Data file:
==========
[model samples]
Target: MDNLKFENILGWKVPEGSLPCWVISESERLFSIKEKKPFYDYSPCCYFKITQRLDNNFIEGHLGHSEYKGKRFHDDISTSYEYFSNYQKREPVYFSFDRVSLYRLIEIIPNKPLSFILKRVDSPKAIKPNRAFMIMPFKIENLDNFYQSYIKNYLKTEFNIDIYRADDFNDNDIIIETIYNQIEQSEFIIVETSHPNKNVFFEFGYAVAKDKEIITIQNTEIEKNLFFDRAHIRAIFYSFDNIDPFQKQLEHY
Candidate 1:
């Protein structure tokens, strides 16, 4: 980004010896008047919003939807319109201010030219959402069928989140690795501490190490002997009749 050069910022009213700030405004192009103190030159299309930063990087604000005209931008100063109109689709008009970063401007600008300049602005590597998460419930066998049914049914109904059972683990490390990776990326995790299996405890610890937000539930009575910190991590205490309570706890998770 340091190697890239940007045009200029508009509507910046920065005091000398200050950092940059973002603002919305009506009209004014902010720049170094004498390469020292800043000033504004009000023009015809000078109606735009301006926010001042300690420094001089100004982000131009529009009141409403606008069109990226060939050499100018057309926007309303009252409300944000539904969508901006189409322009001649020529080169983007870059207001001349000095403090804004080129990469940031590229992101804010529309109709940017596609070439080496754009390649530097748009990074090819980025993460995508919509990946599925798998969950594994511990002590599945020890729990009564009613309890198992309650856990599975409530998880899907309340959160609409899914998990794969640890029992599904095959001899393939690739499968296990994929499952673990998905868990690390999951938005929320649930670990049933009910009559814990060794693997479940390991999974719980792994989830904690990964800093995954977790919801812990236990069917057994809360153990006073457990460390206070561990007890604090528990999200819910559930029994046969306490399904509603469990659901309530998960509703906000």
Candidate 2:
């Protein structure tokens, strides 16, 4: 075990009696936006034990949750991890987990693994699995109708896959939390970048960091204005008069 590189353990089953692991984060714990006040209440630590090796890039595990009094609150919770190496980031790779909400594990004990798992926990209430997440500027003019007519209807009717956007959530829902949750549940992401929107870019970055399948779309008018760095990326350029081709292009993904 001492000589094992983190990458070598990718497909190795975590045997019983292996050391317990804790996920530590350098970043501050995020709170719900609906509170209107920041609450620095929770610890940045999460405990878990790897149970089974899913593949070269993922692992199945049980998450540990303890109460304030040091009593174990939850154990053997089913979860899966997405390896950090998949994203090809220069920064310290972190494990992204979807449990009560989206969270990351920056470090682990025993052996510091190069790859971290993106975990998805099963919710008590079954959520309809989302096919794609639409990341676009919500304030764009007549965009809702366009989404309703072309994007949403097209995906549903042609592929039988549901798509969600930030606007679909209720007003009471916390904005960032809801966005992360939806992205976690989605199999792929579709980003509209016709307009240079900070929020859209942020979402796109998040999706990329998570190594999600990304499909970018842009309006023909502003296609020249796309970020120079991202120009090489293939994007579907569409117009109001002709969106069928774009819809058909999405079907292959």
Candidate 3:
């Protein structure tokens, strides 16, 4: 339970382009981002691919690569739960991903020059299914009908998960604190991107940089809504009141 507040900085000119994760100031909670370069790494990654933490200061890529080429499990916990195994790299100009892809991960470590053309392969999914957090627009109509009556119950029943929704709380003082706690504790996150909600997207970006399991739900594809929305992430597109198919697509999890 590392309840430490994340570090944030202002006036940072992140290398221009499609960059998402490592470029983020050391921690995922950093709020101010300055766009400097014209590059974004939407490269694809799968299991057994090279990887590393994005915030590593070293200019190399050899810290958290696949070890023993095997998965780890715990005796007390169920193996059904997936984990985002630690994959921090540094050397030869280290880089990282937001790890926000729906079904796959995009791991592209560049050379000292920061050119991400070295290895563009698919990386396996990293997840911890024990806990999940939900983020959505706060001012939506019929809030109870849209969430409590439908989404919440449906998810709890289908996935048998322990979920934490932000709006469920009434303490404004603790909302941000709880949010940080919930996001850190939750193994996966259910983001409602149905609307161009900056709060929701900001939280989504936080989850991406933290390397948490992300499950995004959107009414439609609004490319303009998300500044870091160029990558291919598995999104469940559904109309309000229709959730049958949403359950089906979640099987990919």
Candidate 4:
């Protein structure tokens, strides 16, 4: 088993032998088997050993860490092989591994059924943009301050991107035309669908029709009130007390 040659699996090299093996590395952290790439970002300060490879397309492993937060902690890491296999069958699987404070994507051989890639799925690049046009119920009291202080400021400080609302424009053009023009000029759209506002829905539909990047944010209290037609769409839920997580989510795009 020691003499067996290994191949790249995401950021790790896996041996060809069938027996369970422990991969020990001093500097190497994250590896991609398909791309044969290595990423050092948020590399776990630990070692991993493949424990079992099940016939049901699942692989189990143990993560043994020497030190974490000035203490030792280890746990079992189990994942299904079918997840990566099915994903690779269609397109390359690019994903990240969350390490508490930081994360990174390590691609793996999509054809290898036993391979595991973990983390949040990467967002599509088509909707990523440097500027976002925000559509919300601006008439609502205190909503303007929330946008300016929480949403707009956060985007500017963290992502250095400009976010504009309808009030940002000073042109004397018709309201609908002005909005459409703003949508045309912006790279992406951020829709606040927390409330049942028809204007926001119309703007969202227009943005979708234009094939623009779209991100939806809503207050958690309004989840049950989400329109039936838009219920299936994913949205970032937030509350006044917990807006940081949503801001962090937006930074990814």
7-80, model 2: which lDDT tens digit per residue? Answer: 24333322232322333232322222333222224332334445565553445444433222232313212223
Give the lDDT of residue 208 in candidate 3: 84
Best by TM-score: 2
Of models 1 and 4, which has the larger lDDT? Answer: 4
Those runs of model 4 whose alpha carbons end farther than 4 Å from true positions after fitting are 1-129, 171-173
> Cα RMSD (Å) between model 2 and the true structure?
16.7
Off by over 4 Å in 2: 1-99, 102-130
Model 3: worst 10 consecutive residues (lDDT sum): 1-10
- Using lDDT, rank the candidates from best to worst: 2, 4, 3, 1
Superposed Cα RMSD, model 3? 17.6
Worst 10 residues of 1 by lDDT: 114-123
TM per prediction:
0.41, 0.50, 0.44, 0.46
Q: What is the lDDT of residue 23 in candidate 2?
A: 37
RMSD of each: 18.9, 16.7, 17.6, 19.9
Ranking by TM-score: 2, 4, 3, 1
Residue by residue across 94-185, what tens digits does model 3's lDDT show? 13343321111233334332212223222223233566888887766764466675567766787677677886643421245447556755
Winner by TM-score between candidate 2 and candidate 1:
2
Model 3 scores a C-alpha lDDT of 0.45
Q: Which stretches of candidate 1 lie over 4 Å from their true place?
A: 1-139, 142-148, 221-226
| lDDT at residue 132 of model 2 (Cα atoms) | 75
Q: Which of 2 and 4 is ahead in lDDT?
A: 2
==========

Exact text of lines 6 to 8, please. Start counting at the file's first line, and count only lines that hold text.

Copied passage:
């Protein structure tokens, strides 16, 4: 075990009696936006034990949750991890987990693994699995109708896959939390970048960091204005008069 590189353990089953692991984060714990006040209440630590090796890039595990009094609150919770190496980031790779909400594990004990798992926990209430997440500027003019007519209807009717956007959530829902949750549940992401929107870019970055399948779309008018760095990326350029081709292009993904 001492000589094992983190990458070598990718497909190795975590045997019983292996050391317990804790996920530590350098970043501050995020709170719900609906509170209107920041609450620095929770610890940045999460405990878990790897149970089974899913593949070269993922692992199945049980998450540990303890109460304030040091009593174990939850154990053997089913979860899966997405390896950090998949994203090809220069920064310290972190494990992204979807449990009560989206969270990351920056470090682990025993052996510091190069790859971290993106975990998805099963919710008590079954959520309809989302096919794609639409990341676009919500304030764009007549965009809702366009989404309703072309994007949403097209995906549903042609592929039988549901798509969600930030606007679909209720007003009471916390904005960032809801966005992360939806992205976690989605199999792929579709980003509209016709307009240079900070929020859209942020979402796109998040999706990329998570190594999600990304499909970018842009309006023909502003296609020249796309970020120079991202120009090489293939994007579907569409117009109001002709969106069928774009819809058909999405079907292959």
Candidate 3:
């Protein structure tokens, strides 16, 4: 339970382009981002691919690569739960991903020059299914009908998960604190991107940089809504009141 507040900085000119994760100031909670370069790494990654933490200061890529080429499990916990195994790299100009892809991960470590053309392969999914957090627009109509009556119950029943929704709380003082706690504790996150909600997207970006399991739900594809929305992430597109198919697509999890 590392309840430490994340570090944030202002006036940072992140290398221009499609960059998402490592470029983020050391921690995922950093709020101010300055766009400097014209590059974004939407490269694809799968299991057994090279990887590393994005915030590593070293200019190399050899810290958290696949070890023993095997998965780890715990005796007390169920193996059904997936984990985002630690994959921090540094050397030869280290880089990282937001790890926000729906079904796959995009791991592209560049050379000292920061050119991400070295290895563009698919990386396996990293997840911890024990806990999940939900983020959505706060001012939506019929809030109870849209969430409590439908989404919440449906998810709890289908996935048998322990979920934490932000709006469920009434303490404004603790909302941000709880949010940080919930996001850190939750193994996966259910983001409602149905609307161009900056709060929701900001939280989504936080989850991406933290390397948490992300499950995004959107009414439609609004490319303009998300500044870091160029990558291919598995999104469940559904109309309000229709959730049958949403359950089906979640099987990919």